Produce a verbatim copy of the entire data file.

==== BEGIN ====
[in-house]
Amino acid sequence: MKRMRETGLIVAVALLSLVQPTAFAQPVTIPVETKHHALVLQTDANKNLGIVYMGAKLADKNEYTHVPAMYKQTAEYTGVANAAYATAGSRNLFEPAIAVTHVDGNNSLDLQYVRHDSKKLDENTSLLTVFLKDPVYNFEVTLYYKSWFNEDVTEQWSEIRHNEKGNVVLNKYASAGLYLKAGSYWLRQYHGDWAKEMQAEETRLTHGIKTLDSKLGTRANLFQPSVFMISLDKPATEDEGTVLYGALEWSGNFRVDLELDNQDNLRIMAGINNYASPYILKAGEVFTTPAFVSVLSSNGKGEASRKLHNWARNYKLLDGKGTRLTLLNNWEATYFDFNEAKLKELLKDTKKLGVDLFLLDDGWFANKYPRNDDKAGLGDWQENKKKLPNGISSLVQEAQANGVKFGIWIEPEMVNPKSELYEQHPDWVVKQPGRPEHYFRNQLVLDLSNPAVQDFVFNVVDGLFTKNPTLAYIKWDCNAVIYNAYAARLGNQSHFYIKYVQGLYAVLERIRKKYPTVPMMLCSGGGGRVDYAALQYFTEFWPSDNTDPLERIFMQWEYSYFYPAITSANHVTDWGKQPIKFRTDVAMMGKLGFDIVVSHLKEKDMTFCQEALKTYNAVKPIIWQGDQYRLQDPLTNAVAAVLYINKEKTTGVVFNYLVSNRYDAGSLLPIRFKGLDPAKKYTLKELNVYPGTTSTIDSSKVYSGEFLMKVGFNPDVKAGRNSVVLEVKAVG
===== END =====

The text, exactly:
[in-house]
Amino acid sequence: MKRMRETGLIVAVALLSLVQPTAFAQPVTIPVETKHHALVLQTDANKNLGIVYMGAKLADKNEYTHVPAMYKQTAEYTGVANAAYATAGSRNLFEPAIAVTHVDGNNSLDLQYVRHDSKKLDENTSLLTVFLKDPVYNFEVTLYYKSWFNEDVTEQWSEIRHNEKGNVVLNKYASAGLYLKAGSYWLRQYHGDWAKEMQAEETRLTHGIKTLDSKLGTRANLFQPSVFMISLDKPATEDEGTVLYGALEWSGNFRVDLELDNQDNLRIMAGINNYASPYILKAGEVFTTPAFVSVLSSNGKGEASRKLHNWARNYKLLDGKGTRLTLLNNWEATYFDFNEAKLKELLKDTKKLGVDLFLLDDGWFANKYPRNDDKAGLGDWQENKKKLPNGISSLVQEAQANGVKFGIWIEPEMVNPKSELYEQHPDWVVKQPGRPEHYFRNQLVLDLSNPAVQDFVFNVVDGLFTKNPTLAYIKWDCNAVIYNAYAARLGNQSHFYIKYVQGLYAVLERIRKKYPTVPMMLCSGGGGRVDYAALQYFTEFWPSDNTDPLERIFMQWEYSYFYPAITSANHVTDWGKQPIKFRTDVAMMGKLGFDIVVSHLKEKDMTFCQEALKTYNAVKPIIWQGDQYRLQDPLTNAVAAVLYINKEKTTGVVFNYLVSNRYDAGSLLPIRFKGLDPAKKYTLKELNVYPGTTSTIDSSKVYSGEFLMKVGFNPDVKAGRNSVVLEVKAVG